To heat or to Ice? Santa Clara expert breaks it down.

When to use heat vs ice



Heat dilates blood vessels and increases blood flow, increasing the amount of nutrients and oxygen around the localized area it is placed on. It also increases the rate toxins are removed from the site of injury, allowing muscles to relax. Heat packs also confuse sensory nerves decreasing your perception of pain.

 When to heat:

  • After working out: Try to utilize heat therapy a few days after a tough work out! We recommend doing light exercise to generate heat systemically thereby increasing circulation and reducing cramping symptoms. 
  • Chronic pain: Heat pads, warm showers, and warm baths can do wonders for chronic pain.
  • A few days after injury: Heat has been a great tool that speeds up healing and reduces pain after the inflammatory response has died down. 

How to use heat

  • Light Exercise
  • Warm showers
  • Warm Baths
  • Warm Moist Towel
  • Heated Water Pad
  • Heat Pack

Caution: Do not leave heat pad/ device on for too long, burning may occur. As heat dilates blood vessels, it contradicted directly after an acute injury with inflammation. Heat may exacerbate the inflammatory response system and make symptoms worse. 


Ice fights inflammation by increasing constriction of underlying blood vessels, decreasing blood flow to the area. This reduces the amount of histamine, one of the main propagators of the inflammatory response.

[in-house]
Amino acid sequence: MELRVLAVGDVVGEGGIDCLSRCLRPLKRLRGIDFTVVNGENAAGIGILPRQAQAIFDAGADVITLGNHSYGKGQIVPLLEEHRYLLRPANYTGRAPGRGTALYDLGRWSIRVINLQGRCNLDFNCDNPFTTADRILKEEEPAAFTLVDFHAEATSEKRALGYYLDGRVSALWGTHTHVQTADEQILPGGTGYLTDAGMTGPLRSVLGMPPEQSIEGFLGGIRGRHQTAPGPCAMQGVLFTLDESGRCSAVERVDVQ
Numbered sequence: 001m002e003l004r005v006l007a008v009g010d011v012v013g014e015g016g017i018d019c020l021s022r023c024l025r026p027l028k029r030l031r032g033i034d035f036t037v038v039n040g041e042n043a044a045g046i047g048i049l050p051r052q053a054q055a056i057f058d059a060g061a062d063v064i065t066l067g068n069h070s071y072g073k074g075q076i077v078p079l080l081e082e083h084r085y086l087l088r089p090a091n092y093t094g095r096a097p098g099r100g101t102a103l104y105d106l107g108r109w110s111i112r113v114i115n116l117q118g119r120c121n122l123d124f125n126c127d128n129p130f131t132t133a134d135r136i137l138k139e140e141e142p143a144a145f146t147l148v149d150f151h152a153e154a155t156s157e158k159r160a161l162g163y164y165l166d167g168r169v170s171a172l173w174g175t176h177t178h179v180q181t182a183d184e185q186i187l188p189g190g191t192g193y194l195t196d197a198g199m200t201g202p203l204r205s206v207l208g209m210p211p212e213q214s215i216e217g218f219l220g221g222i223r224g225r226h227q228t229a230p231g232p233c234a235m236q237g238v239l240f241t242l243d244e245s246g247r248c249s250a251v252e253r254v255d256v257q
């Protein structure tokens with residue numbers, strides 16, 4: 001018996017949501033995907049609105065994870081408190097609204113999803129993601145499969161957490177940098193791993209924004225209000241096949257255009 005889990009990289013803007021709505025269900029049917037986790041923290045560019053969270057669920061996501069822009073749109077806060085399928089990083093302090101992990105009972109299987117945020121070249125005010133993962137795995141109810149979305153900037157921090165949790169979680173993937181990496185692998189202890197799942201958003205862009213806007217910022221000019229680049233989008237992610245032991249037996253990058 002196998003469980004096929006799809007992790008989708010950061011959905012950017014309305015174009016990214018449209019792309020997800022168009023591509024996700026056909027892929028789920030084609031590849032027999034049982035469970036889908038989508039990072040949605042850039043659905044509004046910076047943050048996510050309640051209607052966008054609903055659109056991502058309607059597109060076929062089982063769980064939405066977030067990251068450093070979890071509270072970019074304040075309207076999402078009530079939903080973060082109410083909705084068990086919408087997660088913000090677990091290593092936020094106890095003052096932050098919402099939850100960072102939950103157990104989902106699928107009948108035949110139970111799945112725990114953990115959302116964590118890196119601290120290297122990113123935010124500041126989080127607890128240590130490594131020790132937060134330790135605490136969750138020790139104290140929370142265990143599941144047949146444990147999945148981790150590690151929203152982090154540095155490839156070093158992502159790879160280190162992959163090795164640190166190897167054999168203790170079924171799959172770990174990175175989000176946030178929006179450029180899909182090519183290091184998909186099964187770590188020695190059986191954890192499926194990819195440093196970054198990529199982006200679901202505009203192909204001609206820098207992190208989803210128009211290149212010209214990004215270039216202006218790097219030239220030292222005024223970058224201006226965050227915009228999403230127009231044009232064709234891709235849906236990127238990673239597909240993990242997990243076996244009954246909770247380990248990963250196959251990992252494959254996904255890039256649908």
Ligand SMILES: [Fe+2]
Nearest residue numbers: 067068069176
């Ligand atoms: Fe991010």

We recommend multiple ice session a day for best results. However it is important that sessions last no more than 15-20 min long, as freezing for too long may lead to frostbite.  We highly recommend using a cloth or paper towel to insulate the body and protect your skin.

When to Ice:

  • Within 1-2 days of injury: This helps control the inflammatory response early on. If uncontrolled inflammation can lead to pain, swelling, and decreased range of motion and strength. 
  • Right after a hard work out: Icing right away can prevent soreness and cramping. 

How to Ice:

  • Ice baths
  • Ice pack
  • Cold showers

Caution: Be sure to isulate your skin with a towel if you are using an ice pack for an extended perior of time. 

When to Alternate

If neither heat nor ice seems to be doing the trick you may want to try alternating between both! Contrast therapy is very gentle and controls inflammation while simultaneously increasing circulation, giving you the best of both worlds! 

Best for:

  • Strains
  • Sprains
  • Non-acute Swelling 
  • Muscle spasms
  • Joint aches
  • Chronic pain
  • Sports injuries
  • Arthritis
  • Fibromyalgia

DYI Tips

DIY Cooling Packs

We highly suggest wrapping ice pack with a towel in order to protect your skin!

DIY Heating 

Moist heat has been shown to be the most effective in reducing chronic pain. We recommend warm showers or baths.


Santa Clara Custom Chiropractic
(408) 248-8700
3700 Thomas Rd. Suite 207
Santa Clara, CA 95054

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